China’s red-hot land sales might hurt developers' bottom line: analysts
Mainland firms must keep an eye on their profit margins, not just market share, amid rush to buy increasingly pricey land – netting record proceeds of 167 billion in Beijing alone
Mainland cities’ land-sale revenues reached record highs this year due to soaring prices – a trend that industry analysts fear will erode developers’ profit margins.
Reports on “king lands” – land parcels fetching mega prices – prompted the land ministry to call in officials from 16 cities including Shanghai, Beijing, Guangzhou, Shenzhen, Suzhou, Nanjing, Hangzhou and Tianjin, in September and order them to eliminate misleading price signals and ease expectations of more appreciation.
But listed developers, with bulging war chests following massive fundraising abroad and strong property sales at home, have bid up land prices, particularly in the top-tier cities. To them, sufficient land reserves and growing market share are more important as their share prices are more sensitive to sales contractions than profits.
“We expect [the mainland’s] land market to continue growing in terms of GFA [gross floor area] purchased, but with fewer cases of ‘king land’ bidding as the market is now aware that the regulator is on the lookout for this kind of practice,” said Edison Bian, a property analyst with CCB International in Hong Kong.
The problem of aggressive bidding came to the fore when Sunac China, a mainland developer in which US buyout firm Bain Capital holds a stake, in September bought a prime plot in Beijing for more than 70,000 yuan (HK$89,000) per square metre, the highest ever in the mainland.
Others, such as Evergrande and Kaisa Group, have also been aggressively building up their land reserves in top-tier cities, where home prices have been surging and demand has remained strong despite the government’s tightening efforts.
Such deals have pushed up land sale proceeds in Beijing to 167 billion yuan as of December 5, already exceeding the previous full-year record of 164 billion yuan in 2010 and last year’s 65 billion yuan. To put the figure into perspective, the proceeds are 46 per cent of the city’s planned government revenue for this year.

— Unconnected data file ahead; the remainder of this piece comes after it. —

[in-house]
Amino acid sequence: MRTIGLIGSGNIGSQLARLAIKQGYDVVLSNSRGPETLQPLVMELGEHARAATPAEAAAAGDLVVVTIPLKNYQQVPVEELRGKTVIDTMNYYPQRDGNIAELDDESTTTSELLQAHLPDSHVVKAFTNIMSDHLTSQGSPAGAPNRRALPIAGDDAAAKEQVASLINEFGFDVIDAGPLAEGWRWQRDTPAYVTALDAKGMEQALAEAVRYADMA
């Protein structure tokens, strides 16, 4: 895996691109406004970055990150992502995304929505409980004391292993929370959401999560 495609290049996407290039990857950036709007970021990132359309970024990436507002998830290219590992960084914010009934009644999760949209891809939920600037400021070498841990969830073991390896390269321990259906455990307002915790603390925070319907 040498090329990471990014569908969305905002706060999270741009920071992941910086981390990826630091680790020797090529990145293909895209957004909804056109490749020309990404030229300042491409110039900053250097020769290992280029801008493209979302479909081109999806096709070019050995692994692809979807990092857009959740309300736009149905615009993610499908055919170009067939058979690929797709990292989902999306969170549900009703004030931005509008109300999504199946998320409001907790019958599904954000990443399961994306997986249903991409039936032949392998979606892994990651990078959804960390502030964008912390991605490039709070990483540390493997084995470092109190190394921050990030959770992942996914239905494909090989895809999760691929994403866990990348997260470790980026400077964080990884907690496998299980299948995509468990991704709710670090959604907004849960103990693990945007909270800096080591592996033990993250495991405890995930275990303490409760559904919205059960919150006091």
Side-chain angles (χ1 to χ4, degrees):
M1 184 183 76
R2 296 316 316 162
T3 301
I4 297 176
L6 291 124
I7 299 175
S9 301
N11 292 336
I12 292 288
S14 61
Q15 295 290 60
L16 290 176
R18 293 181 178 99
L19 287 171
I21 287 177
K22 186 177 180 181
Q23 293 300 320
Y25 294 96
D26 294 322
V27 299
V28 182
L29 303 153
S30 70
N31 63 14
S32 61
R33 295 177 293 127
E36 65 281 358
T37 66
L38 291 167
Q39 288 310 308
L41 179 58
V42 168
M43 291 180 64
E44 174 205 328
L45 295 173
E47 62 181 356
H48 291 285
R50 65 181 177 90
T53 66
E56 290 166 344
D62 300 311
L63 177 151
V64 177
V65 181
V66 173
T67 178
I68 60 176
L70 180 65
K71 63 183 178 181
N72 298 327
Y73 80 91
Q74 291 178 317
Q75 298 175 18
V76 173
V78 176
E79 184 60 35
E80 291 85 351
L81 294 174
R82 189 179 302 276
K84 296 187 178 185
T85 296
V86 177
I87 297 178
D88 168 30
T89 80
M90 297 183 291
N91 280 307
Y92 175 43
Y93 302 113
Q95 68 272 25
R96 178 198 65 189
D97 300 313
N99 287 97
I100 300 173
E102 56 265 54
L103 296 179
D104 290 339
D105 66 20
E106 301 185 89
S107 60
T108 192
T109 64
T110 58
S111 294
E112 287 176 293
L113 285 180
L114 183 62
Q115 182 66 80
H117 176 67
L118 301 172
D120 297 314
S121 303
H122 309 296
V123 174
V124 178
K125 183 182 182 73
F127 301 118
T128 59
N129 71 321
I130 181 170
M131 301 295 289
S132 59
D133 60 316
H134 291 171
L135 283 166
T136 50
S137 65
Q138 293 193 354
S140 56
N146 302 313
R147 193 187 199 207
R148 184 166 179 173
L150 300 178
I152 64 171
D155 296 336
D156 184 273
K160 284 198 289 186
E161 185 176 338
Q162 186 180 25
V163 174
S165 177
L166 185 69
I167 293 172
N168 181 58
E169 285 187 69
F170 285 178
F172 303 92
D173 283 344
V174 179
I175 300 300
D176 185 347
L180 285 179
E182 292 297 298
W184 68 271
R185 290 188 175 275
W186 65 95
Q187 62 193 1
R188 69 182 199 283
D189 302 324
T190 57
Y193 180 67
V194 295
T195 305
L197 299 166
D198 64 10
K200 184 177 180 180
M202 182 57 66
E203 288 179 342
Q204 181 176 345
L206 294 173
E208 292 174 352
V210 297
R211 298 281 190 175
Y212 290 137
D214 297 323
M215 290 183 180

According to real estate data provider CRIC, proceeds from land sales in 53 other key cities rose 211 per cent in the first 11 months of this year from the same period a year ago to 589.7 billion yuan. At 179 billion yuan, Shanghai raked in the highest revenue.
Apart from a 36 per cent year-on-year rise in total floor space sold, the record revenues were also driven by soaring prices. The average floor space cost per square metre in Shanghai surged 88 per cent in the 11 months from a year ago to 23,303 yuan, the highest ever in the country, according to CRIC.
Vice-minister of land and resources Hu Cunzhi told officials at the September meeting that they needed to include stable land prices, which is a target of a local property tightening campaign, and warned officials to desist from pursuing excessive profits from land sales.
“Land cost has been rising,” said Franco Leung, a property analyst at global ratings agency Moody’s Investors Service. “For some developers, land cost has been rising as a percentage of the total contracted sales [with developers willing to pay more as contracted sales rise].”
Typically, land cost is between one-fifth and one-third of the price of homes built on it. In some extreme cases, it could rise to a half.
“Falling gross profit margin has become an industry trend,” Liu Ning, board secretary of China Merchants Property told the South China Morning Post. “In the future, we need to care more about how to maintain the gross profit margin.”
For instance, Logan Property, the mid-sized developer whose shares will start trading on December 20 in a HK$1.6 billion initial public offering, paid 1,800 yuan per square metre, on average, for the land parcels it bought this year’s first half, almost double the price it paid last year.
Its gross profit margin fell to 31 per cent in the first six months, from 39 per cent last year, although the company said projects sold in the second half would push up profit margin for the full year.
As home prices on the mainland are vulnerable to government policies, developers will need to cut the cost of funding, speed up construction, enhance branding, and optimise product mixes and geographic distribution.
That explains their strong demand for funds in Hong Kong, which is easier and cheaper to get than on the mainland.
Mainland developers raised a total of US$24.5 billion offshore via bonds and loans from January to November 20 this year, according to data from Moody’s.